Bladder cancer is diagnosed during a procedure called a transurethral resection -- essentially a biopsy of the bladder. Using the new test, pathologists can determine the levels for the 20 genes in the diagnostic tissue sample and indicate whether the patient has cancer in the lymph nodes.

"We validated the test's ability to predict lymph node spread of the cancer in a large sample of patients from a randomized trial," said Theodorescu. "The predictive ability held up. If this new test is used to guide neo-adjuvant chemotherapy, we hope it will both help people with positive nodes live longer and keep people with negative nodes from being overtreated."

A clinical trial of using the test as a treatment guide is being planned.

Incidence of bladder cancer is increasing in the United States, with about 70,530 new cases diagnosed in 2010 according to the American Cancer Society. About 500,000 people are bladder cancer survivors today. Bladder cancer is the fourth most common cancer diagnosed in American men, who are three times more likely to be diagnosed with the disease than women.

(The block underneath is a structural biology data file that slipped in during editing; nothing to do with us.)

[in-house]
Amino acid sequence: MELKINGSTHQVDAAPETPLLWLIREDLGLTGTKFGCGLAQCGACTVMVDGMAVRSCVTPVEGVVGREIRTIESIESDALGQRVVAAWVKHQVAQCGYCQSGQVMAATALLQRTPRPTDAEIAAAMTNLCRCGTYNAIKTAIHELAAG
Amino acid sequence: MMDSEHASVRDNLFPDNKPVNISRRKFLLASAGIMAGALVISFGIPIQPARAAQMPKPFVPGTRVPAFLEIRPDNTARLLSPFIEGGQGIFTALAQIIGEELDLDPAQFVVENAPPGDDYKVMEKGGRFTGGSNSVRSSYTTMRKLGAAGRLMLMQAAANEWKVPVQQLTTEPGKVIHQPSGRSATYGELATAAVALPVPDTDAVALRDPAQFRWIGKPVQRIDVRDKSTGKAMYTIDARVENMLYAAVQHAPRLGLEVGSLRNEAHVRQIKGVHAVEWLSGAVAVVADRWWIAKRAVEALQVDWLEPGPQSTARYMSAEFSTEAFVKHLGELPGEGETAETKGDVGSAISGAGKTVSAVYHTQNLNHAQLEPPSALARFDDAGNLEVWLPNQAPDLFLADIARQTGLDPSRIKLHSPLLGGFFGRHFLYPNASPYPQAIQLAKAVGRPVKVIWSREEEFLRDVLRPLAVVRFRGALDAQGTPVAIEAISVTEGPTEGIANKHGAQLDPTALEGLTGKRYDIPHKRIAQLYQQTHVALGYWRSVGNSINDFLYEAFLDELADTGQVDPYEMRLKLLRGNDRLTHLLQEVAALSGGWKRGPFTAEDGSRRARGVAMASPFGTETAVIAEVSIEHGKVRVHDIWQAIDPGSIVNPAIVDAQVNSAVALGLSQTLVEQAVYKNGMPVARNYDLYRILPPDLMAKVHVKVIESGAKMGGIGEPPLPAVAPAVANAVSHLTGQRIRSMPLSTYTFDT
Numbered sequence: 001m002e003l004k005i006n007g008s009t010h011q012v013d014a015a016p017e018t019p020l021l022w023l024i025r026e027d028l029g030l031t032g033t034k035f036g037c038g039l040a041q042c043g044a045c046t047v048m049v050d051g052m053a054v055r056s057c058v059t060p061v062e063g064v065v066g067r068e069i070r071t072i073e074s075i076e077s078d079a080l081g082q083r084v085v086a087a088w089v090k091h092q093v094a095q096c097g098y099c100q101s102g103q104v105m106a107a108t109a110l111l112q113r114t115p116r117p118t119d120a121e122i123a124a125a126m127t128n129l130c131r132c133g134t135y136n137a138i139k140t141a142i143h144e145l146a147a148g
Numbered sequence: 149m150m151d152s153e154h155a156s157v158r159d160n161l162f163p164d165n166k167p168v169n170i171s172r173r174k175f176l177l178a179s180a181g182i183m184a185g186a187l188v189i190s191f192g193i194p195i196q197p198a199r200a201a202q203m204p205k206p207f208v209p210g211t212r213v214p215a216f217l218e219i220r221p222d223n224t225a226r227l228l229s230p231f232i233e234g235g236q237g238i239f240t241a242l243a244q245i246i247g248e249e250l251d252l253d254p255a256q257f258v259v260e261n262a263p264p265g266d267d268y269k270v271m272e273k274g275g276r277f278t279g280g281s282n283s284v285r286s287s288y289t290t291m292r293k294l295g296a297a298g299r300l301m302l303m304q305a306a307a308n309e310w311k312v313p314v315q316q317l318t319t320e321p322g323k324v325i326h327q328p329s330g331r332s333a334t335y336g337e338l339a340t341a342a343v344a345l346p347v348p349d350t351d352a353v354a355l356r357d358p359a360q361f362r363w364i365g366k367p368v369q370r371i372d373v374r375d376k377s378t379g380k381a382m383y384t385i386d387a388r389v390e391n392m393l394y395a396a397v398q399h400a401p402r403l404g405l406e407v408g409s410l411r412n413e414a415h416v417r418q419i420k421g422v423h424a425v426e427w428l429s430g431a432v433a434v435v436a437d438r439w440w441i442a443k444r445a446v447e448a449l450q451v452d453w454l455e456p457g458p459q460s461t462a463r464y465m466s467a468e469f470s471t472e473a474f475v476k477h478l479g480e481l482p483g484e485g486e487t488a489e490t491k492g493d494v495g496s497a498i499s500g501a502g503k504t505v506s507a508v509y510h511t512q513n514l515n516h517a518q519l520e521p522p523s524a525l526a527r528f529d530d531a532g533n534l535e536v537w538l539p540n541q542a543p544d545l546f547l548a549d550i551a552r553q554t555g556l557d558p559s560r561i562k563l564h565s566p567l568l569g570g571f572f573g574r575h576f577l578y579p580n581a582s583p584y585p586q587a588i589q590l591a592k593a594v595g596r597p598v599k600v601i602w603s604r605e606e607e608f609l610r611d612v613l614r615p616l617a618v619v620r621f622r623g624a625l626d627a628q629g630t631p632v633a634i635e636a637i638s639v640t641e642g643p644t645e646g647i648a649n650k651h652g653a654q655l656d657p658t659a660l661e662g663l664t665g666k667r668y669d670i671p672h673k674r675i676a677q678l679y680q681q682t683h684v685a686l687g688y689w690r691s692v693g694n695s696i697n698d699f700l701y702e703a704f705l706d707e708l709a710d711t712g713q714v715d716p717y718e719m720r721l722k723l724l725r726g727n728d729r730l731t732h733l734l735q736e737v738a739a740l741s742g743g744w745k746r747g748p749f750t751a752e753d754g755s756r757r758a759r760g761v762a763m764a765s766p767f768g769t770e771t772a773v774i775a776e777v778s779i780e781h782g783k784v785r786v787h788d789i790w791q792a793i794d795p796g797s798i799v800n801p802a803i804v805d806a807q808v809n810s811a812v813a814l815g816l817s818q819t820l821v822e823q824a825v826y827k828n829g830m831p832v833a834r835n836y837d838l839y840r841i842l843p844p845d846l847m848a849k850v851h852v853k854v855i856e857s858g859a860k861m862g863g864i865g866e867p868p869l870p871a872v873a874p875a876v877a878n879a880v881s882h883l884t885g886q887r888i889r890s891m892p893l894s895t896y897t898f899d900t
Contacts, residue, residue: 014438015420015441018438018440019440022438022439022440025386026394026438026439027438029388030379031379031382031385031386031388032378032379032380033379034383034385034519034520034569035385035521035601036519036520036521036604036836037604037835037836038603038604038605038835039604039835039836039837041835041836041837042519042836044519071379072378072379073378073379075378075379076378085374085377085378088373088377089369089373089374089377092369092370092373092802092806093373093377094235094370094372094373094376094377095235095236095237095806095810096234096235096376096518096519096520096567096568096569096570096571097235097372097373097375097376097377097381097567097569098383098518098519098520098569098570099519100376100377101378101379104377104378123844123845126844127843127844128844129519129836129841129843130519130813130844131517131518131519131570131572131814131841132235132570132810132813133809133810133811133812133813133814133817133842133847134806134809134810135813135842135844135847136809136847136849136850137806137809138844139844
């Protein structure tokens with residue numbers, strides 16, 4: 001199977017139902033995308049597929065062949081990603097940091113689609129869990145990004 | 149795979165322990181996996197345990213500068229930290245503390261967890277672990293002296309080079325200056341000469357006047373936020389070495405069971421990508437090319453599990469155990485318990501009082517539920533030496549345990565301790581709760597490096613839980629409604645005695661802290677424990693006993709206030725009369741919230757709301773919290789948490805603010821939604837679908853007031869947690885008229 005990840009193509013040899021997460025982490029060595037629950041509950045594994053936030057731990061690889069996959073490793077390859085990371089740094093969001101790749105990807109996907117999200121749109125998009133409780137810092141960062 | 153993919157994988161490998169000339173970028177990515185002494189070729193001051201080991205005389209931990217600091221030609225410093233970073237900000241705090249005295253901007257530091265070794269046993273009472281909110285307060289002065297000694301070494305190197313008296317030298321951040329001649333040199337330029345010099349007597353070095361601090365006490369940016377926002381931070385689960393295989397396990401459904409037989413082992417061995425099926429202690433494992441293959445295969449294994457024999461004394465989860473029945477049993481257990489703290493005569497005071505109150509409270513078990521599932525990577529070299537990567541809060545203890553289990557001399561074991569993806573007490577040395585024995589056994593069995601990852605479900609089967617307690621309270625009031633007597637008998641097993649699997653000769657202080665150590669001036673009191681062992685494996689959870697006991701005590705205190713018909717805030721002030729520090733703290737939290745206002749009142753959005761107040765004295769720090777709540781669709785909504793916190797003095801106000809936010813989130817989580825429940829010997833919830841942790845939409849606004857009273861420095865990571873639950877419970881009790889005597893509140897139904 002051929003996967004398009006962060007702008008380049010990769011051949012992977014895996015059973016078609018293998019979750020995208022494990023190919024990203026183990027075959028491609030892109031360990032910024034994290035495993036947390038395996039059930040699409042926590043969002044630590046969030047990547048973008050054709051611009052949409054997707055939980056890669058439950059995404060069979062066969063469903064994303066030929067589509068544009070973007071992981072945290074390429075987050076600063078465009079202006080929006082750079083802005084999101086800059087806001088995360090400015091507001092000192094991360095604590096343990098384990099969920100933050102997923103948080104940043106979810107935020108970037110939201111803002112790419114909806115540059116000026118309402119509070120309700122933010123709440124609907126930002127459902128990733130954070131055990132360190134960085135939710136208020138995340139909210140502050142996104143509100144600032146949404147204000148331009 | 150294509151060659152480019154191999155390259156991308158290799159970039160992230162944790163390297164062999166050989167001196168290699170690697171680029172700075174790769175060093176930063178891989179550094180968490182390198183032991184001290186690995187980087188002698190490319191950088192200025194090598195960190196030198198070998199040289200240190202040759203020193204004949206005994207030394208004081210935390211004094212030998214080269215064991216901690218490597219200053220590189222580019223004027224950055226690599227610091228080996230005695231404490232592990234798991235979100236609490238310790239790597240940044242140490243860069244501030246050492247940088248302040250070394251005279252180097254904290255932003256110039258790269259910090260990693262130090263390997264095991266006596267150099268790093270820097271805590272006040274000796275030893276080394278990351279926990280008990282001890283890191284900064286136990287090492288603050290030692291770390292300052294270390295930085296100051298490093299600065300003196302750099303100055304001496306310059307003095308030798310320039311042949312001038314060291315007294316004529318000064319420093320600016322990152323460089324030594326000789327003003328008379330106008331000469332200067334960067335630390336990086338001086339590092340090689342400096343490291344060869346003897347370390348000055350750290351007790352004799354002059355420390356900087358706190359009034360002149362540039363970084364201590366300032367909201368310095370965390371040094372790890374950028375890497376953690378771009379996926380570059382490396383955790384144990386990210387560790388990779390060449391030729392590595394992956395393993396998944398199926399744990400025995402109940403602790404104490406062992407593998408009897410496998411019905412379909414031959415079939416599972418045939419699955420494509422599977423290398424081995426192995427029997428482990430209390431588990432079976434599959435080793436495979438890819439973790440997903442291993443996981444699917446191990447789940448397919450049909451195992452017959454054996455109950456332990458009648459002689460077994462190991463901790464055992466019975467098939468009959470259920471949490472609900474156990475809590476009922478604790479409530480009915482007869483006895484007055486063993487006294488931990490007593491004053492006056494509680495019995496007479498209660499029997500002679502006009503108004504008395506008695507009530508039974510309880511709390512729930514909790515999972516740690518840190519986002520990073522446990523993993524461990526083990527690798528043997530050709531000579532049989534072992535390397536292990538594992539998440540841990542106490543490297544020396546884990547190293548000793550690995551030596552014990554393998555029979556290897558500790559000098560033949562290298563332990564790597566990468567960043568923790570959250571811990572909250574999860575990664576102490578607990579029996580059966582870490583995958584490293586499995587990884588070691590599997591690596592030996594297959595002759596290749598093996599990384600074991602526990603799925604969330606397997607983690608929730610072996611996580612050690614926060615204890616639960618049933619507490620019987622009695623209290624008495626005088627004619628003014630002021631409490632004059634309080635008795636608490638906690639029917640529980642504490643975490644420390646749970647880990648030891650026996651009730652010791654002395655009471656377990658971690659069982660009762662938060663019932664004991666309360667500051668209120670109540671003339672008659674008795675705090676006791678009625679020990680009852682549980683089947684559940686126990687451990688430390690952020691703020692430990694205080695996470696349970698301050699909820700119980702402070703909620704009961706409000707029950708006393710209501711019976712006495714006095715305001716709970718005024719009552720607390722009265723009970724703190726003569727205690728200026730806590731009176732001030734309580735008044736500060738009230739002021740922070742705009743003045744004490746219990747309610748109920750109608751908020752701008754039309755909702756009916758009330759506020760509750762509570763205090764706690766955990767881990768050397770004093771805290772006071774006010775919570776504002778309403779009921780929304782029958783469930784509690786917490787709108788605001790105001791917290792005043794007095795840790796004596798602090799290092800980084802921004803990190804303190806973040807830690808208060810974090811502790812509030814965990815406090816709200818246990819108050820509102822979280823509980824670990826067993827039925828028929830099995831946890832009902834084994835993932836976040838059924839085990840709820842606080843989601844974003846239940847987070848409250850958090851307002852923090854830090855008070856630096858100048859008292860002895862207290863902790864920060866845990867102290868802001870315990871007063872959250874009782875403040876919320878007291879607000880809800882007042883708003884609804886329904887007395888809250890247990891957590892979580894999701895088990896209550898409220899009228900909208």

Story Source:

The above story is based on materials provided by University of Colorado Denver. Note: Materials may be edited for content and length.


Journal Reference:

  1. Steven Christopher Smith et al. A 20-gene model for molecular nodal staging of bladder cancer: development and prospective assessment. Lancet Oncology, Jan 20, 2011 DOI: 10.1016/S1470-2045(10)70296-5

Cite This Page:

University of Colorado Denver. "Gene test shows which bladder cancer patients may have cancer spread." ScienceDaily. ScienceDaily, 21 January 2011. <www.sciencedaily.com/releases/2011/01/110120142358.htm>.
University of Colorado Denver. (2011, January 21). Gene test shows which bladder cancer patients may have cancer spread. ScienceDaily. Retrieved September 21, 2014 from www.sciencedaily.com/releases/2011/01/110120142358.htm
University of Colorado Denver. "Gene test shows which bladder cancer patients may have cancer spread." ScienceDaily. www.sciencedaily.com/releases/2011/01/110120142358.htm (accessed September 21, 2014).

Share This



More Health & Medicine News

Sunday, September 21, 2014

Featured Research

from universities, journals, and other organizations